David Henry Hwang continues his weekly report from rehearsals of the Broadway premiere of his new play CHINGLISH.
1. The laughs are all still there, becoming more solid and powerful over our first eight performances, as the actors’ performances get tighter and more focused.
2. The show seems to be playing more emotionally than it did in Chicago. Audiences are getting into the love story, following its twists and turns. As a result, the play’s surface comedy and its deeper underlying issues feel more balanced, perhaps giving the evening a little more gravitas.
3. We can still make the play a little tighter, and button the ending a bit more clearly.
There’s a Broadway tradition of asking colleagues you trust to give notes at this point in the process: when you’re doing your final fixes before “freezing” the show. The great American playwright Neil Simon was nicknamed “Doc Simon” for his skill at diagnosing a play. Of course, if you feel your show is in trouble, you might bring in help earlier. But we’re feeling good about our progress, so are just covering our bases for some final nips and tucks.
Our colleagues have been uniformly enthusiastic, which is of course encouraging. But when I say, “You know, I’m still trying to get the ending to pop,” more than one replied with something like, “Now that you mention it, it took me a second to realize the play was over.”
So I’ve been working on that last sentence. Yesterday, on our day off, I came up with a slightly different ending. I sent the revision to Leigh, who was excited to try it. I also made some tiny cuts at various points in the show, to tighten it further. We’ll rehearse all the changes this afternoon, and try them in front of an audience tonight.
This is what previews are for. To learn from the audience, revise based on those findings, then try out the changes on the following night’s audience. It’s intense and tiring, but critical to making theatre. Well, at least in the US and England. On the European continent and throughout much of Asia, plays often don’t preview, they just open. Sometimes the playwright just turns in his or her play, and shows up on opening night! But I think of the audience as the final collaborator in the creation of a play, and I really love this part of the process. It’s very hard work, but very rewarding.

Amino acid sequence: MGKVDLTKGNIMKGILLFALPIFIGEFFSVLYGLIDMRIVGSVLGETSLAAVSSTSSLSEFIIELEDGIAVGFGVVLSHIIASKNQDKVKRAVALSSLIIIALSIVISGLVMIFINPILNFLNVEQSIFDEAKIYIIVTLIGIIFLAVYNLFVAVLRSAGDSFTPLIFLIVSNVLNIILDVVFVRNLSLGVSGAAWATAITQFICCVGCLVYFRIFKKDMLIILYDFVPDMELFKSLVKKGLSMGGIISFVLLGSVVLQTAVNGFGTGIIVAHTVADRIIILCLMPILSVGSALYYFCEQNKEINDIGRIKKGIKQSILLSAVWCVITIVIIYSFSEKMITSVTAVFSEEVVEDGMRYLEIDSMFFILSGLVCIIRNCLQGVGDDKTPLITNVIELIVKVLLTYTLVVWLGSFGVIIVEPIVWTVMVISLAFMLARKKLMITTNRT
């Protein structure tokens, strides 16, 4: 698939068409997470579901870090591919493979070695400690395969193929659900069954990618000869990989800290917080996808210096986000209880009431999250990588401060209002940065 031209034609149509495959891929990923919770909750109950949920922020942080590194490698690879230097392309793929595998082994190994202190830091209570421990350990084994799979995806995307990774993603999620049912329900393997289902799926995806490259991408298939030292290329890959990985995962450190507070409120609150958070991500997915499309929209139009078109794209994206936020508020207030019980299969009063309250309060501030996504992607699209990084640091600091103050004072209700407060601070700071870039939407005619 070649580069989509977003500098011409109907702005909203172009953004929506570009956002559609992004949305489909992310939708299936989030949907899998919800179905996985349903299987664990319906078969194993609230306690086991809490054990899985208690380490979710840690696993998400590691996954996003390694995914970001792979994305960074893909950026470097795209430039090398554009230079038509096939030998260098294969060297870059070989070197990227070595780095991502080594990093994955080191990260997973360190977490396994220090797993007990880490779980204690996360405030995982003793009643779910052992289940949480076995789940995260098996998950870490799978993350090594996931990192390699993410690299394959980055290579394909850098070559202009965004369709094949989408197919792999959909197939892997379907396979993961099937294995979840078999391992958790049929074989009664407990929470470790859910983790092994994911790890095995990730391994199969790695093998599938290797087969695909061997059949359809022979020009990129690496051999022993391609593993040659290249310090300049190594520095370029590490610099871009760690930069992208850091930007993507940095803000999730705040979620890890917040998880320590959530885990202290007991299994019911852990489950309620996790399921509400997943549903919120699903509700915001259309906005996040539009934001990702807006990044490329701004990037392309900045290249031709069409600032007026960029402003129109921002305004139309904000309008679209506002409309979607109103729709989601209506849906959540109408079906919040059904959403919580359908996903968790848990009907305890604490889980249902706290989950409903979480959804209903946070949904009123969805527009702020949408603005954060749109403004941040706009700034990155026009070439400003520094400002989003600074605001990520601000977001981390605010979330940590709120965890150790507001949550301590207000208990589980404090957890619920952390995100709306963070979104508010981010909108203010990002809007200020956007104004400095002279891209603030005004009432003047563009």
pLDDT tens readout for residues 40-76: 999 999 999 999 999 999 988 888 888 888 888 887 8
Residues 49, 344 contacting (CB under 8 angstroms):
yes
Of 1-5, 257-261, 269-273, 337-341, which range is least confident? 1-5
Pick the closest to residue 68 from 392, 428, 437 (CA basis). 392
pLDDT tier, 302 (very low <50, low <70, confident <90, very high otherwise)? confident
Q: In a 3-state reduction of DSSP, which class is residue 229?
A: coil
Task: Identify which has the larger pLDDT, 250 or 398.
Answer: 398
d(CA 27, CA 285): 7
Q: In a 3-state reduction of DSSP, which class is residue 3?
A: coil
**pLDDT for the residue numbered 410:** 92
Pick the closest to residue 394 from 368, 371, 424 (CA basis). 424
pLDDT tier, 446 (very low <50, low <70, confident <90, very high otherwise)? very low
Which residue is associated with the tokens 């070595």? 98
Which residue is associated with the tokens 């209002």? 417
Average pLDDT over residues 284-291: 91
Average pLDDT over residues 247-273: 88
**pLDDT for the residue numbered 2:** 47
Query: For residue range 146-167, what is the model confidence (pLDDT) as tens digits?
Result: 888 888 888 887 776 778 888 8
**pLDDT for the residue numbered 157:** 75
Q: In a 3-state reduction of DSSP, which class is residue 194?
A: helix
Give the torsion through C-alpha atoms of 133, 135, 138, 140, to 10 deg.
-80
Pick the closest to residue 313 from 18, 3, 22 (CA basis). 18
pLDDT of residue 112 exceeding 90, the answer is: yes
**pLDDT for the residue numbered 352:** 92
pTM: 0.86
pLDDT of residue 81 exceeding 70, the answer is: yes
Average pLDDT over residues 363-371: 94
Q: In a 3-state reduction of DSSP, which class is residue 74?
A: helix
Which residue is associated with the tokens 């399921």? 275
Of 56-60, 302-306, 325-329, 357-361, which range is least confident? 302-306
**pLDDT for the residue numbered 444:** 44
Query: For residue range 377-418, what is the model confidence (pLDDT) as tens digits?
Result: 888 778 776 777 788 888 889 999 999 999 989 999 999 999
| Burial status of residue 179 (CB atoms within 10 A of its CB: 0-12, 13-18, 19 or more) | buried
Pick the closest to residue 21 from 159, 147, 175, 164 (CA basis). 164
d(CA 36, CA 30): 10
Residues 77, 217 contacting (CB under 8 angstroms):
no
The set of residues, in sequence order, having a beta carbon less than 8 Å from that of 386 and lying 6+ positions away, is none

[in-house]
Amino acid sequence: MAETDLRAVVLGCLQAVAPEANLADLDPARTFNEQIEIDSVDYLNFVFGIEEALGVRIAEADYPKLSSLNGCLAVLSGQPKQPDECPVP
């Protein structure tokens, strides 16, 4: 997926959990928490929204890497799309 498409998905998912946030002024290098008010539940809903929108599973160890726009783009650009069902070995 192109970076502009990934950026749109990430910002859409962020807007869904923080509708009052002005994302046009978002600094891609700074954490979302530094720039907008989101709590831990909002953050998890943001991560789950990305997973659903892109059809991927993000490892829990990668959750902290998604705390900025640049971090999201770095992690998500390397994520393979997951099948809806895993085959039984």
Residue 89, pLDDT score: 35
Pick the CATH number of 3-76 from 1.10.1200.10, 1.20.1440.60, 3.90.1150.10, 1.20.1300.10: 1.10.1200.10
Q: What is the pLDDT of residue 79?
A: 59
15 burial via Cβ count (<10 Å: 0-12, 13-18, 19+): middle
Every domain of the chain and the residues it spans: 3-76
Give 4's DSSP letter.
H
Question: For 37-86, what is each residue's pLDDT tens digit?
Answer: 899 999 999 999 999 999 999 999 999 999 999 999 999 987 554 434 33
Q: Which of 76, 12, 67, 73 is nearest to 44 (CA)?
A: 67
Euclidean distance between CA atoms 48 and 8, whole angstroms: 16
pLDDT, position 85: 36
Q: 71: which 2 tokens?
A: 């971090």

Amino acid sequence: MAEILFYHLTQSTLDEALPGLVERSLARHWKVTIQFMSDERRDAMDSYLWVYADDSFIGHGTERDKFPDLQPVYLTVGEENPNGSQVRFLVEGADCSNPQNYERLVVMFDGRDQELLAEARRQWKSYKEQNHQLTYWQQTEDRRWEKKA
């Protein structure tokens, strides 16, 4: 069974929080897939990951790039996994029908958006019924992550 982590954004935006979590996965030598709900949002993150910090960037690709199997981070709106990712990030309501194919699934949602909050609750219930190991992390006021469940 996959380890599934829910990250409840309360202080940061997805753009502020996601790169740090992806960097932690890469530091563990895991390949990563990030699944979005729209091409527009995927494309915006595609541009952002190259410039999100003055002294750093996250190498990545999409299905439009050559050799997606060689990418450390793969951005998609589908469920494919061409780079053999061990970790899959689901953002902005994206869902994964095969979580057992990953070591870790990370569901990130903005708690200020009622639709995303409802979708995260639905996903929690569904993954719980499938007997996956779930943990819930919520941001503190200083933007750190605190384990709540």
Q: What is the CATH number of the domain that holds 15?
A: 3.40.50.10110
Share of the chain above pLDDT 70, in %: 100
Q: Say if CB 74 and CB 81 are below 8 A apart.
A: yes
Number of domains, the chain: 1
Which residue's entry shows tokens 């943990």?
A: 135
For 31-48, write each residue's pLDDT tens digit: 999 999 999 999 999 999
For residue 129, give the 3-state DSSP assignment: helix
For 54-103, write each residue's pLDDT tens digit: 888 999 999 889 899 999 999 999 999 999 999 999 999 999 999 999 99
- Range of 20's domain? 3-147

This first week of previews has been a joy. It’s been exciting to finally get our play up before a Broadway audience, to hear their laughter and feel their enthusiastic ovations. We’ve gotten big cheers, particularly for our leads, Jennifer and Gary. The audience seems happy, reinforced by data that our ticket sales are building. This makes us hopeful that the word of mouth is good. Ultimately, though reviews are important on Broadway, a show lives or dies by word of mouth. If people tell their friends to see it, that’s more important than anything.
We’ve had visitors. Among other wonderfully talented friends, actress Kelly Hu and journalist Lisa Ling came to our second preview. And towards the end of the week, the cast was honored by a backstage visit from none other than …
A week of hard work ended with a banquet graciously hosted by Jennifer Lim’s amazing mother Margaret, who owns the best Korean restaurant in Hong Kong. She arranged for us to take over a restaurant in Greenwich Village, where we enjoyed a scrumptious Korean feast, drank too much, and enjoyed a little communal R&R …